Voice over jobs may not fill your coffers to pay the bills, but they can be a nice way of earning something on the side. It’s also one way of honing your speaking skills, and it certainly is an enjoyable thing to do!
I’ve experienced doing voice over jobs quite a few times now. The university where I work usually calls me whenever similar projects are present. We would go to the IT building where they will record my voice while reading a script. Normally, the recordings are made for a particular research, or for specific courses intended for specific audience.
But perhaps the most interesting voice over job I did was recorded just a few weeks ago. My former colleague at the university who is now an English teacher at the Royal Thai Air Force, asked me to have my voice recorded for a video presentation which was shown to military attache’ from 25 different countries. Knowing that I’m no expert in the field and my voice is not as pleasant compared to other people, I thought of saying no. But she insisted, and I yielded.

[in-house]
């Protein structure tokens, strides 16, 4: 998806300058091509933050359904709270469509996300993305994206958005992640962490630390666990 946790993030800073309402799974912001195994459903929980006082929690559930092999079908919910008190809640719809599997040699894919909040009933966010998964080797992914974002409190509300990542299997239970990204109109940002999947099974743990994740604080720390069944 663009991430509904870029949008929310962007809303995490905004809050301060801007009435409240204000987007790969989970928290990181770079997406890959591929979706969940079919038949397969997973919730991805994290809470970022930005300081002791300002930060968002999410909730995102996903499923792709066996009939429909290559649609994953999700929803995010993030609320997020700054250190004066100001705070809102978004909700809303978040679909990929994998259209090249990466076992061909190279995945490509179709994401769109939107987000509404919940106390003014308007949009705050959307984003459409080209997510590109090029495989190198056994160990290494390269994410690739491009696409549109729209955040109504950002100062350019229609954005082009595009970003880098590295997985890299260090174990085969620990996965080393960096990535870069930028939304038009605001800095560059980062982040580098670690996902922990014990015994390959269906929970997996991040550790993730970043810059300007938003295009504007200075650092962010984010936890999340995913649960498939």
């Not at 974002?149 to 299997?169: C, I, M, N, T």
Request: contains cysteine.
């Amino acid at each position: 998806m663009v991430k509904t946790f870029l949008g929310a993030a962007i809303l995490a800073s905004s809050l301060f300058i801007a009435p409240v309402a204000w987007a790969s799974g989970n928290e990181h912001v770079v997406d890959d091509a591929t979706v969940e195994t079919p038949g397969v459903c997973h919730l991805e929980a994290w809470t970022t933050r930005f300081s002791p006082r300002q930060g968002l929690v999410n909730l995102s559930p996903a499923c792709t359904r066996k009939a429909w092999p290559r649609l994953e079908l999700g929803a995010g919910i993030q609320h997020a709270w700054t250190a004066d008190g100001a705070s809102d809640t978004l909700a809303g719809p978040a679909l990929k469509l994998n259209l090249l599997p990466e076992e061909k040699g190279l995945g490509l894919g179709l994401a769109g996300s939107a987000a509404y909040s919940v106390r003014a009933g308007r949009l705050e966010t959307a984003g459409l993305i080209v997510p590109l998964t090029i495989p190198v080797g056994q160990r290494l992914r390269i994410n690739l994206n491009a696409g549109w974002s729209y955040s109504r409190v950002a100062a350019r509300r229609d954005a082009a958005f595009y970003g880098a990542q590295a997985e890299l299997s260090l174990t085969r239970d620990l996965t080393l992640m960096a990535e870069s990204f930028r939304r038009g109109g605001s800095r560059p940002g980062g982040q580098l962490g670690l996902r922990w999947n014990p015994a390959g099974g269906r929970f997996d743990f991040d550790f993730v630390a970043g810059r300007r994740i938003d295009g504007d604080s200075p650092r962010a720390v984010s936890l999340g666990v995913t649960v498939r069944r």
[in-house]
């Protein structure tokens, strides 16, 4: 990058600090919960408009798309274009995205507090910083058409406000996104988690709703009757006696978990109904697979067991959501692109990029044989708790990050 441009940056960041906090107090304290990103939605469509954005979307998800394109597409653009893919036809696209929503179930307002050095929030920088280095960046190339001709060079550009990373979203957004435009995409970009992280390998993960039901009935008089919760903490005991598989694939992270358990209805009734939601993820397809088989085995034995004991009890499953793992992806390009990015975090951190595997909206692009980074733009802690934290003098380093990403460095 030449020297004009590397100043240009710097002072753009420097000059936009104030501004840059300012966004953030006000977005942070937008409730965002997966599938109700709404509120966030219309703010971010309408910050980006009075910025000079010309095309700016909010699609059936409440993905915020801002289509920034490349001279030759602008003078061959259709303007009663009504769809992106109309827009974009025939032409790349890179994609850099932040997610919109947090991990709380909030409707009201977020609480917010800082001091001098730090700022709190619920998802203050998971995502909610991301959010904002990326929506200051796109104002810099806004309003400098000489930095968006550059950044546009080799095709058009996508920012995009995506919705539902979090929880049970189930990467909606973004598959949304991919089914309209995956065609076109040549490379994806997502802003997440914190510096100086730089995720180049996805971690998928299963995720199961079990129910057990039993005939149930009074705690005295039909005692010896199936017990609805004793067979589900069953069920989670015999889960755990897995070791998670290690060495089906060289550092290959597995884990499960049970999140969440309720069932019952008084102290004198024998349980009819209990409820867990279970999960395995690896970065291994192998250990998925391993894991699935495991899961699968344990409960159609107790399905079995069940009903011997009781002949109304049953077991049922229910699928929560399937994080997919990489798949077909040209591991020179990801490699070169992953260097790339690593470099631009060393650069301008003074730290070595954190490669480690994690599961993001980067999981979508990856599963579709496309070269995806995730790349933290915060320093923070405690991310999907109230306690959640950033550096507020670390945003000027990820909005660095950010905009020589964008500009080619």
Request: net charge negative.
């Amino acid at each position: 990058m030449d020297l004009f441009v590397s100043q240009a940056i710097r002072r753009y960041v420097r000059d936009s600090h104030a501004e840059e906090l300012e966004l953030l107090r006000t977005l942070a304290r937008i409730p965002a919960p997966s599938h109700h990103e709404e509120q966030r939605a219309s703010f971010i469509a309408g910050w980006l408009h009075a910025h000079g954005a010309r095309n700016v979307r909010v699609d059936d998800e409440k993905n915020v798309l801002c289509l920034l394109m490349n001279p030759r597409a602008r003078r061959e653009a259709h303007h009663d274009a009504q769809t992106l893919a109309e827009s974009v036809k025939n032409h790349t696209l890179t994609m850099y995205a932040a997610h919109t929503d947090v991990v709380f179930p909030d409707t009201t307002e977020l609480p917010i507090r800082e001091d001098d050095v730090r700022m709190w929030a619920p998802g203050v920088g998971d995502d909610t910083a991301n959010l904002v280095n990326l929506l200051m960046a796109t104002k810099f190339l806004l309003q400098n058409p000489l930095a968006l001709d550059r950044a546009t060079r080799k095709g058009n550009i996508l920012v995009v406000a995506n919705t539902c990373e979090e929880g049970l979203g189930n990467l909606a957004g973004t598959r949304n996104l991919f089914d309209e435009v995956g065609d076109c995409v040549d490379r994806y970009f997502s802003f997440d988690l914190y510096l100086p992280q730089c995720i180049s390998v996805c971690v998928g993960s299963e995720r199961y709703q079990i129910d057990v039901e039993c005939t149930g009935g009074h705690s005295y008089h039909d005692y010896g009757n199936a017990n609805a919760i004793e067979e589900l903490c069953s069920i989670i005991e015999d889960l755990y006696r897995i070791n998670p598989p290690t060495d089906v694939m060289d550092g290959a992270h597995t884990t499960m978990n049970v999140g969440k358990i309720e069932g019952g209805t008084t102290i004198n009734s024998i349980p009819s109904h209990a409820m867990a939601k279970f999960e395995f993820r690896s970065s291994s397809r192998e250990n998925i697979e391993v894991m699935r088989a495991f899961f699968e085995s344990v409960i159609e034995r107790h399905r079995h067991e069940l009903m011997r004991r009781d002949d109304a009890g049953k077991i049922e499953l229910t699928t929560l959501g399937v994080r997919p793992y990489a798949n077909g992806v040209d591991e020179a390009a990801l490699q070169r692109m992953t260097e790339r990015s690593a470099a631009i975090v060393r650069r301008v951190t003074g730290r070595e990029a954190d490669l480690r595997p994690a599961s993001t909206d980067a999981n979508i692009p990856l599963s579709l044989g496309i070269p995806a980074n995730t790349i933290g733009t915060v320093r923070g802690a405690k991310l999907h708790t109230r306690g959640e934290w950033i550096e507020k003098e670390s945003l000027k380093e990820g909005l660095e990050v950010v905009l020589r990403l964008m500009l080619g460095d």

Cutting to the chase, my voice was recorded at a radio station in Phitsanulok whilst reading a script written by my friend. It was by far the longest I read so far and so I noticed the sludges and and slurries that enter my speech patterns. I’ve asked them to rerecord some paragraphs quite a few times. My focus was on and off, too. I now believe that voice over work is more tiring than one would expect. But then again, as mentioned earlier, voice over is a fun thing to do.
You can watch the video of the Royal Thai Air Force Wing 46 which was shown to military attaches from 25 countries last week. My voice can be heard from 4:30 until the end. I know it’s not perfect. I know my voice is not that pleasant. But I’m proud to say that I did it. If someone will ask me to do a voice over again, I’d say yes in a heartbeat.